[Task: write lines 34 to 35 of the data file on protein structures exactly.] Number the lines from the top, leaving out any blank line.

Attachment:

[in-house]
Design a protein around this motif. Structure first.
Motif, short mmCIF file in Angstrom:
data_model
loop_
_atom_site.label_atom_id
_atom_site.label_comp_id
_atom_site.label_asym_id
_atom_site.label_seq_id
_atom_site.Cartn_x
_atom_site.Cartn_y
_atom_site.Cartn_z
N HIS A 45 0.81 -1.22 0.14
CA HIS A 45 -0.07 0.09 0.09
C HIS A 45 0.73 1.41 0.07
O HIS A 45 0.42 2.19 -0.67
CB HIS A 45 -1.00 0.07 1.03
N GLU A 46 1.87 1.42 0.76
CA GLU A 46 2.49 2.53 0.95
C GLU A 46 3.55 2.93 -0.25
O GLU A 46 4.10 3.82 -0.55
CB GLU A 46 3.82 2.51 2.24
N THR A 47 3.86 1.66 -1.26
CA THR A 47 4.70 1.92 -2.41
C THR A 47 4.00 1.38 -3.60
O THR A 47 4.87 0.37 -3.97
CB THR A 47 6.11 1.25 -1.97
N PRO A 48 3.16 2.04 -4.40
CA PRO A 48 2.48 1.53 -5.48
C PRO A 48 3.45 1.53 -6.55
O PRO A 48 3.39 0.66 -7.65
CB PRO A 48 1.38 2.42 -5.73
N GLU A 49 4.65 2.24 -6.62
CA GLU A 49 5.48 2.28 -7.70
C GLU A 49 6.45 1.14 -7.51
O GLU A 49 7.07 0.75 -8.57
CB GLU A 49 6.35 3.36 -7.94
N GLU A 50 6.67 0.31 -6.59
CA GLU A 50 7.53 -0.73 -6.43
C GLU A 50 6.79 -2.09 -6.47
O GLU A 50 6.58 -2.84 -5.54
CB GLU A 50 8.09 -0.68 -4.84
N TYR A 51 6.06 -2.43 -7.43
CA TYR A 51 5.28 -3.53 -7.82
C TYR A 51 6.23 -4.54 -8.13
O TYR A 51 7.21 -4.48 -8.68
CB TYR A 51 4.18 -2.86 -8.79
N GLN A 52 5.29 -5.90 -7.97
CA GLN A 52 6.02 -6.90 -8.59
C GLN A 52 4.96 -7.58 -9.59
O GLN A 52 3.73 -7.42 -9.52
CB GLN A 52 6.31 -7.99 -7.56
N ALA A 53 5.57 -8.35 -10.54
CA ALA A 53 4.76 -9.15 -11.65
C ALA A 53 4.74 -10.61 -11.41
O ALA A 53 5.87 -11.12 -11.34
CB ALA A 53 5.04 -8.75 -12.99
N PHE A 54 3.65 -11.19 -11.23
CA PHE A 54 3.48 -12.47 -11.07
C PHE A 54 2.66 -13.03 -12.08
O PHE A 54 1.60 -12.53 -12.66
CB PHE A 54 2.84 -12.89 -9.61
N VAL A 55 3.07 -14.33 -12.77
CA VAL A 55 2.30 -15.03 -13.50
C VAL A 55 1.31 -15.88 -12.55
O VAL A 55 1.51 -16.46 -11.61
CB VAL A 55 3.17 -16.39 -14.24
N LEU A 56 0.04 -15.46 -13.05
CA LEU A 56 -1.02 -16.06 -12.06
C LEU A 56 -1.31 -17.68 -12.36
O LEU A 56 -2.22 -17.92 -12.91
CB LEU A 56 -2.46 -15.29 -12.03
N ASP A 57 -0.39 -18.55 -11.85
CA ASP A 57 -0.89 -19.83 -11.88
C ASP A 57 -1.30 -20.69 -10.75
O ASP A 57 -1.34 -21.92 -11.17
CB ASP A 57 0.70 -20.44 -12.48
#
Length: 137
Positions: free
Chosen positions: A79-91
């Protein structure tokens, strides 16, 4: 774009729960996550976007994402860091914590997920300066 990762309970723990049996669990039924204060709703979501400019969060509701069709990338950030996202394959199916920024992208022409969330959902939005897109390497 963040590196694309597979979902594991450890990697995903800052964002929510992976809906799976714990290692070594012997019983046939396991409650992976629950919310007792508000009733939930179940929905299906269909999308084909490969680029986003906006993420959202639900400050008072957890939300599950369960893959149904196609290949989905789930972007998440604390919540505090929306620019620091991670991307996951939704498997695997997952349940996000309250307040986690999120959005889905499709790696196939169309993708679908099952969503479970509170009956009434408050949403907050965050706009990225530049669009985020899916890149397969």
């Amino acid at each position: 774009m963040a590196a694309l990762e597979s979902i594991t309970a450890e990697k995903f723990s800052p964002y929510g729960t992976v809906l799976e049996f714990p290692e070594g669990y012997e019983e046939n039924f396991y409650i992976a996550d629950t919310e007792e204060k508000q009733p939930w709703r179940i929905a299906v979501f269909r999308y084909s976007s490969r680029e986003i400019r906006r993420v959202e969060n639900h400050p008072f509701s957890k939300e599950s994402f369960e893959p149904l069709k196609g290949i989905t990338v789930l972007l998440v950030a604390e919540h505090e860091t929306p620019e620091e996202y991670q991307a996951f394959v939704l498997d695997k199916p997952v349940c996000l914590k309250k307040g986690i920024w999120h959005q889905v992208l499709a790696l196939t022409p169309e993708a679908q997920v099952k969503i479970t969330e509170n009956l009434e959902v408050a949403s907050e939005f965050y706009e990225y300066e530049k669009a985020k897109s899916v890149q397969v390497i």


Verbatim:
CA GLU A 49 5.48 2.28 -7.70
C GLU A 49 6.45 1.14 -7.51